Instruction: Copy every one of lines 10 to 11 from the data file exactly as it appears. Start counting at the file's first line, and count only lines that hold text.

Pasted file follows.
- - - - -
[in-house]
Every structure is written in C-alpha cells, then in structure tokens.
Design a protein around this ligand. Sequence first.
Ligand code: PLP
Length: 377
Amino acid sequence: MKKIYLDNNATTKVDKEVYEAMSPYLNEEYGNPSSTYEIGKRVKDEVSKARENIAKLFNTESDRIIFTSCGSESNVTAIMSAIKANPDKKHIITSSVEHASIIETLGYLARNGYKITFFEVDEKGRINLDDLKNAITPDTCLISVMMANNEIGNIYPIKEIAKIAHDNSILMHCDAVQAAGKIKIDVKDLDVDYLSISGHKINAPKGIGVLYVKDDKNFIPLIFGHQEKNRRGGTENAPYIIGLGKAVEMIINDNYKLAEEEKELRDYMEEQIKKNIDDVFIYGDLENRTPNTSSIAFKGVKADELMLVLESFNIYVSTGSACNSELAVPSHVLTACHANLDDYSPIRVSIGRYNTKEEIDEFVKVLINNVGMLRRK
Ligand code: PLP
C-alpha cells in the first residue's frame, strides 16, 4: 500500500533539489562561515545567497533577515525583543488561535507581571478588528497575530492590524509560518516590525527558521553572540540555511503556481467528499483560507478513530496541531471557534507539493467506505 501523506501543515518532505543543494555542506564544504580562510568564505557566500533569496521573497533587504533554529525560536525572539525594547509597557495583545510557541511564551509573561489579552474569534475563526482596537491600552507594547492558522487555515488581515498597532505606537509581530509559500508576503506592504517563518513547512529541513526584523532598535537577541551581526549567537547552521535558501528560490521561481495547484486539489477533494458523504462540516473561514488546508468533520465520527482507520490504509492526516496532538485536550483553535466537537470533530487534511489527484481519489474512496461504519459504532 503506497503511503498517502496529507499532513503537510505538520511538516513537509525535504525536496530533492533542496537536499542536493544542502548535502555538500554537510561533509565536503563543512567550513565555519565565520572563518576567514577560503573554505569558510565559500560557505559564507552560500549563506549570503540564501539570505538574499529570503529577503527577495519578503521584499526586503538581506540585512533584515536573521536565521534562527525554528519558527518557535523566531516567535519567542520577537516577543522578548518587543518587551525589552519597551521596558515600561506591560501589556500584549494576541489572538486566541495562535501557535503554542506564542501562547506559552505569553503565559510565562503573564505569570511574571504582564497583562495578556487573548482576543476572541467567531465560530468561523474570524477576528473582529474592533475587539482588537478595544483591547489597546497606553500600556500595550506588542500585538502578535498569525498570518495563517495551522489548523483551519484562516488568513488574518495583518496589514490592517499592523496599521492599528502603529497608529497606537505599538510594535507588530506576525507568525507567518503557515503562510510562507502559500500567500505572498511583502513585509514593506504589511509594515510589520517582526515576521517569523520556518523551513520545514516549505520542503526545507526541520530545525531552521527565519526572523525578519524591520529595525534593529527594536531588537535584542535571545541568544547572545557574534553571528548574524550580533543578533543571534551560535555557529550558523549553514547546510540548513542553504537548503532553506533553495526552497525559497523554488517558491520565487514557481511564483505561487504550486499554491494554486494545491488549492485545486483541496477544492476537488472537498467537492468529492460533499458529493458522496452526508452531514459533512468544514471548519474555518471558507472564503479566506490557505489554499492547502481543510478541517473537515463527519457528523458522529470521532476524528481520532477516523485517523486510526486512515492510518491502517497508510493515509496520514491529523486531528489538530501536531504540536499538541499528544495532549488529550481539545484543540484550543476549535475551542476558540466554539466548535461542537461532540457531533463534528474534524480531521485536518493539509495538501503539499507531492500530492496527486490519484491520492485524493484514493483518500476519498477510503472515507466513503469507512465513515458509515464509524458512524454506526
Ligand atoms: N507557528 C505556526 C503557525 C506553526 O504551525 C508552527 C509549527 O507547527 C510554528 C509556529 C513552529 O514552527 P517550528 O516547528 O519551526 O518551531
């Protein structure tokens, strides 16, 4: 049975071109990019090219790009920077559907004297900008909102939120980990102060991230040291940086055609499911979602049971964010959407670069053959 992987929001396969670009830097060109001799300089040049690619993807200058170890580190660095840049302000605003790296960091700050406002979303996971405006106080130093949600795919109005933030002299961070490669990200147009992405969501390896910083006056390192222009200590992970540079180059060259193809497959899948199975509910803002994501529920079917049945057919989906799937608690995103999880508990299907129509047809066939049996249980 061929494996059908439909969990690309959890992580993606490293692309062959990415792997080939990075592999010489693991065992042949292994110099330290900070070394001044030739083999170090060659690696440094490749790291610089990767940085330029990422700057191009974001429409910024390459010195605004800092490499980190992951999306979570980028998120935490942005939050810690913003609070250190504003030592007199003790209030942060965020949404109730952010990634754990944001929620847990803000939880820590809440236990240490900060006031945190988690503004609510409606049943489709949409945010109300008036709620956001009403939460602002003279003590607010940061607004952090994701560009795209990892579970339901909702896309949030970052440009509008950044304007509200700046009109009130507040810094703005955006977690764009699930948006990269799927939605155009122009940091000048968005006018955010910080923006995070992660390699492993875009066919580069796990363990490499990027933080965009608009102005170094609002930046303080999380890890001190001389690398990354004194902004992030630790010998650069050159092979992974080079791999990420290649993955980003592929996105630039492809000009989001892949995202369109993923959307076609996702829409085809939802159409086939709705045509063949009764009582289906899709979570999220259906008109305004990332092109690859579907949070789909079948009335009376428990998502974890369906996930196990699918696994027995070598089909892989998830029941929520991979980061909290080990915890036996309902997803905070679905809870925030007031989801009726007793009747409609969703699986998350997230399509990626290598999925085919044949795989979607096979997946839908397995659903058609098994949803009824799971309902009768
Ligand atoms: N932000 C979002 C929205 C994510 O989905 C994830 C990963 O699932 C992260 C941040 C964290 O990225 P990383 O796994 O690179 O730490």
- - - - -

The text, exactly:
């Protein structure tokens, strides 16, 4: 049975071109990019090219790009920077559907004297900008909102939120980990102060991230040291940086055609499911979602049971964010959407670069053959 992987929001396969670009830097060109001799300089040049690619993807200058170890580190660095840049302000605003790296960091700050406002979303996971405006106080130093949600795919109005933030002299961070490669990200147009992405969501390896910083006056390192222009200590992970540079180059060259193809497959899948199975509910803002994501529920079917049945057919989906799937608690995103999880508990299907129509047809066939049996249980 061929494996059908439909969990690309959890992580993606490293692309062959990415792997080939990075592999010489693991065992042949292994110099330290900070070394001044030739083999170090060659690696440094490749790291610089990767940085330029990422700057191009974001429409910024390459010195605004800092490499980190992951999306979570980028998120935490942005939050810690913003609070250190504003030592007199003790209030942060965020949404109730952010990634754990944001929620847990803000939880820590809440236990240490900060006031945190988690503004609510409606049943489709949409945010109300008036709620956001009403939460602002003279003590607010940061607004952090994701560009795209990892579970339901909702896309949030970052440009509008950044304007509200700046009109009130507040810094703005955006977690764009699930948006990269799927939605155009122009940091000048968005006018955010910080923006995070992660390699492993875009066919580069796990363990490499990027933080965009608009102005170094609002930046303080999380890890001190001389690398990354004194902004992030630790010998650069050159092979992974080079791999990420290649993955980003592929996105630039492809000009989001892949995202369109993923959307076609996702829409085809939802159409086939709705045509063949009764009582289906899709979570999220259906008109305004990332092109690859579907949070789909079948009335009376428990998502974890369906996930196990699918696994027995070598089909892989998830029941929520991979980061909290080990915890036996309902997803905070679905809870925030007031989801009726007793009747409609969703699986998350997230399509990626290598999925085919044949795989979607096979997946839908397995659903058609098994949803009824799971309902009768
Ligand atoms: N932000 C979002 C929205 C994510 O989905 C994830 C990963 O699932 C992260 C941040 C964290 O990225 P990383 O796994 O690179 O730490």